Introducing colour to grey

On our first week of Design Dilemmas, we discuss colour and how to introduce it into an existing neutral colour scheme. We spoke to Jen Pritchard @mumshealingmentor over on Instragram to give some tips on how to make her house feel more cosy and homely by introducing colour.

Grey has been our go to neutral colour for such a long time. This is because due to its versatility, you can create a cosy neutral room with no colour or by understanding what undertones a shade of grey has you can confidently bring some colour into the mix too.

Before you decide on any design scheme, you need to understand what your needs are for that room and what your style is. There’s no point in following design “trends” if it’s not what you like as it will lead to you feeling unsettled in your home. One of the clearest ways to understand your style is by looking in your wardrobe. If you’re comfortable in what you’re wearing then you will be comfortable in your home if you use those same principles. Consider the prominent colour or colours in your wardrobe. Do you like pattern or texture?
Mix this with the feeling that you want to get from your room. You will want to feel a different way in your bedroom as what you want to feel in your kitchen. Do you want your bedroom to feel like a cosy retreat? Do you want your kitchen to feel fresh and clean. This will give you a basis of where to start with tone.

For a cosier feel you want to select darker or warmer tones of grey. You can use blue undertones which are usually seen as cool so long as they are the darker end of the spectrum.

For a fresh feel, go for a lighter tone.

If you want to introduce colour to a grey scheme, this is easy to do so long as the grey you’re using
complements the colour you’re using. Firstly, don’t pick a colour blind. Pick your colour first
and match your grey to that colour. You want to select a colour that gives you the right feeling. Think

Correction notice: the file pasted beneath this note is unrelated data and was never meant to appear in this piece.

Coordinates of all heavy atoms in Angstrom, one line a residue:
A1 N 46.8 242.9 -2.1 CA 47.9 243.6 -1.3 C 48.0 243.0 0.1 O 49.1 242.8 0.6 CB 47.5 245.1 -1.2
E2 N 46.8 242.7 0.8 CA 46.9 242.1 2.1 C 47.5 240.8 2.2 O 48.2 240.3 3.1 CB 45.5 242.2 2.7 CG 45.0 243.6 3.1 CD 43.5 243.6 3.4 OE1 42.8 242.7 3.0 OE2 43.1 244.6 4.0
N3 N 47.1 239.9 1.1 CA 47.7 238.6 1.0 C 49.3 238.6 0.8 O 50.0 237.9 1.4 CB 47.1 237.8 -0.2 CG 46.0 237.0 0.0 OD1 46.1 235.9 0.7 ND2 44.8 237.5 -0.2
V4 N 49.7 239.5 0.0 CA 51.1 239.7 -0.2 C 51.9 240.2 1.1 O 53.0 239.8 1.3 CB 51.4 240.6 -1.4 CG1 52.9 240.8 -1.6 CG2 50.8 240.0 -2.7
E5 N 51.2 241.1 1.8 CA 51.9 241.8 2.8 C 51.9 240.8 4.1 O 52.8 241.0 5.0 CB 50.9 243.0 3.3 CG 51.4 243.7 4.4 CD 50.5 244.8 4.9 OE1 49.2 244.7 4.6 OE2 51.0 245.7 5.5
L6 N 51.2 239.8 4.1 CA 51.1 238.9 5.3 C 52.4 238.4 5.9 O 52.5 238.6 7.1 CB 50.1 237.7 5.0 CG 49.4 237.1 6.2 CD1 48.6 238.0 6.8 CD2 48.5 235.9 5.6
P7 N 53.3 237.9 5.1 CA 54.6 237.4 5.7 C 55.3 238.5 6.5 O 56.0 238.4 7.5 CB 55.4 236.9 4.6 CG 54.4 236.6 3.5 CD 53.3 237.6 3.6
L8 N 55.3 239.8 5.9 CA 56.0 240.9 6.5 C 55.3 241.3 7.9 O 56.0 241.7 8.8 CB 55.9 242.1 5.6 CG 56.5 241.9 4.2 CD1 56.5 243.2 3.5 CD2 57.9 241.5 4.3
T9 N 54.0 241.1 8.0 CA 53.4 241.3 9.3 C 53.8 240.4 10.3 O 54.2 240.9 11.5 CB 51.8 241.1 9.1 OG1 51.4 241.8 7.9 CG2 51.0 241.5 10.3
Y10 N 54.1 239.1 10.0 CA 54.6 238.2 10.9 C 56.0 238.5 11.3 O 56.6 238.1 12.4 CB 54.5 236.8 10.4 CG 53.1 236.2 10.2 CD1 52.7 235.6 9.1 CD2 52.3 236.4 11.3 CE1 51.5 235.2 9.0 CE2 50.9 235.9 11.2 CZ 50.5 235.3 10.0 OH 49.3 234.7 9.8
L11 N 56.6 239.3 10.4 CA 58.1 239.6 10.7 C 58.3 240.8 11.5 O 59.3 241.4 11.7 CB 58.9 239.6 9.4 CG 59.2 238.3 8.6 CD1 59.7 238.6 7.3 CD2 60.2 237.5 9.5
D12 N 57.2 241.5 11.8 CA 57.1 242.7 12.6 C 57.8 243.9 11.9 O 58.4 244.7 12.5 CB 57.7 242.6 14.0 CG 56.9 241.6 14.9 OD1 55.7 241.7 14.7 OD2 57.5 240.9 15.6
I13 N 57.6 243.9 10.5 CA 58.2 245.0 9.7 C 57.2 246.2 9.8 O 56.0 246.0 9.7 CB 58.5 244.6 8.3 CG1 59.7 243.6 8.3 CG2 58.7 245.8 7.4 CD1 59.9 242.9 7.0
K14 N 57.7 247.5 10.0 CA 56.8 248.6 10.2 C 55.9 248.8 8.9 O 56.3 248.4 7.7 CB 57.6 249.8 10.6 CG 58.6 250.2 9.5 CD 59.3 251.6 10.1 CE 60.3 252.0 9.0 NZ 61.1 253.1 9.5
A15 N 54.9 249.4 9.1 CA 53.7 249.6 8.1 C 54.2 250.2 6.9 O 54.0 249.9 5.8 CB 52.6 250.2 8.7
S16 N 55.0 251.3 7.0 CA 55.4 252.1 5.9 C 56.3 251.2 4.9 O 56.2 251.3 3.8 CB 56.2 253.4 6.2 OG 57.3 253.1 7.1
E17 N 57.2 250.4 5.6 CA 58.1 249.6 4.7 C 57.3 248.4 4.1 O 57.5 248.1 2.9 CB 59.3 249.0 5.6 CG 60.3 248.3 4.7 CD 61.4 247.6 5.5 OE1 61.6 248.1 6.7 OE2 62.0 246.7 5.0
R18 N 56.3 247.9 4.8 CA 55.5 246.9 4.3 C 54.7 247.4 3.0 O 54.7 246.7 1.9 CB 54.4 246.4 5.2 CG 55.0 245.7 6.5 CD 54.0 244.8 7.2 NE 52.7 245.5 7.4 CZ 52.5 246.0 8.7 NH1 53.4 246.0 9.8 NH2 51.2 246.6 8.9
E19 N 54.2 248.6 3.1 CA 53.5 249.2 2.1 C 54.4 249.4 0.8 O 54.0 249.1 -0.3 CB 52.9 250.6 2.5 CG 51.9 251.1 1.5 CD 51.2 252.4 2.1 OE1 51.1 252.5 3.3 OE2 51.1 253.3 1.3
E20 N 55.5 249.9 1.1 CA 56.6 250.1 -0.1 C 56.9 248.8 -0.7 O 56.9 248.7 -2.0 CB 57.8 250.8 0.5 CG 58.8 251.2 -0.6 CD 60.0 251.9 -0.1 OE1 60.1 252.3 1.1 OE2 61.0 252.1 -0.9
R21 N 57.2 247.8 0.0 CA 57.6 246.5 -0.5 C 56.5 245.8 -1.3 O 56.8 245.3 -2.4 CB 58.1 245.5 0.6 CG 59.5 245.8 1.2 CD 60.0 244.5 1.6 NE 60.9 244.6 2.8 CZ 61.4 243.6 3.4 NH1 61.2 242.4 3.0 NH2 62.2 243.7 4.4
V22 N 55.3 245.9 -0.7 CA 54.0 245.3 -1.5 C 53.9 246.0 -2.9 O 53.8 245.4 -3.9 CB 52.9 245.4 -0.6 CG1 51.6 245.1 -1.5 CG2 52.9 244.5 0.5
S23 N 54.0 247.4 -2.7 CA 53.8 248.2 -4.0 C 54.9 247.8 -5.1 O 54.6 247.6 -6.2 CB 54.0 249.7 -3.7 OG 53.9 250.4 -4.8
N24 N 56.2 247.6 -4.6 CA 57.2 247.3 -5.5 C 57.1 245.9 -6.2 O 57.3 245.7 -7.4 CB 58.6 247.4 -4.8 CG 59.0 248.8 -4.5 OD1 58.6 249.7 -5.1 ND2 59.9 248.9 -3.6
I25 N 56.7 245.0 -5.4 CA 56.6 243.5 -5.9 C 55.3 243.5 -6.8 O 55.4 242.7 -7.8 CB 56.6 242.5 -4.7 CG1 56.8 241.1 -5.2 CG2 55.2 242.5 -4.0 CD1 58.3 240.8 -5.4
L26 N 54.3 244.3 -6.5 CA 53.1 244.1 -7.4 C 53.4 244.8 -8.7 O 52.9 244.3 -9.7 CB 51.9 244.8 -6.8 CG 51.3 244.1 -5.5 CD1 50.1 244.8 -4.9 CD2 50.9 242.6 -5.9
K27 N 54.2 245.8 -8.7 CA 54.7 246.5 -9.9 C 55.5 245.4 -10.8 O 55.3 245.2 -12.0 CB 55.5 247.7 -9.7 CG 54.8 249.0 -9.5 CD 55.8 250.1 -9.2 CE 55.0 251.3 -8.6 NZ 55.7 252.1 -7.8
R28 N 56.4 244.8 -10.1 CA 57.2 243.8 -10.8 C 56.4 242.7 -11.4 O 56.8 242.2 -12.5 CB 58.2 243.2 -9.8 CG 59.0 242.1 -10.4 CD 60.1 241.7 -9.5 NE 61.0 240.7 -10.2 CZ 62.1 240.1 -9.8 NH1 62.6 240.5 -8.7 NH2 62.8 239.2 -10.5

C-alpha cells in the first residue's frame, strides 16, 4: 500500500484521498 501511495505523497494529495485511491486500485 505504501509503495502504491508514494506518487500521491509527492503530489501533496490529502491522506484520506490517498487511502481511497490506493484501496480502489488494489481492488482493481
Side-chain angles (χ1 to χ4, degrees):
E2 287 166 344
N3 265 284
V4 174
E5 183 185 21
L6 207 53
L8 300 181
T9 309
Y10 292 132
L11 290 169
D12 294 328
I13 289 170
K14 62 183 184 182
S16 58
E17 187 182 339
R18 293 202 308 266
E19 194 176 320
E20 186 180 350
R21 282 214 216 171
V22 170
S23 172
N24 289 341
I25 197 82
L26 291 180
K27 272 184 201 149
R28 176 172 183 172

about how you want to feel in that space and select a colour that gives you that feeling. Colours will
mean different things to different people.

Image by Ardloch Interiors

To balance the space by choosing a grey with the opposite undertone to the contrasting colour you
want to use. For example, if you’d like to introduce blue, choose a grey that is of a warmer tone. Don’t be frightened to introduce more than one colour either. This will give your space more interest.

If yellow is your colour, contrast by looking at cooler blue shades of grey.

If you don’t want any colour then you should mix in different textures and pattern to avoid the
scheme looking flat and boring.

Image by Ardloch Interiors
Image by Ardloch Interiors

This can be achieved through curtains fabric, cushion fabrics using a mix of velvets, woven fabrics,
boucle fabrics are quite popular at the moment too.

Achieved through curtains fabric, cushion fabrics using a mix of velvets, woven fabrics,
boucle fabrics are quite popular at the moment too.

Mix different metallics too. Some opt for chrome or brushed silver when using grey but this
can just add to the cold feel. Mix in other metallics like gunmetal for depth or brass for some

Image by Ardloch Interiors

Mix in woods with a grey colour scheme. This will give you some texture as well as colour that isn’t colour and don’t be frightened to mix woods either. There’s nothing wrong with a grey floor and a dark wood side table.

To watch out first Design Dilemma installment on Instagram, click this link:

Thanks for stopping by!


Ardloch Interiors

Author Laura Horton

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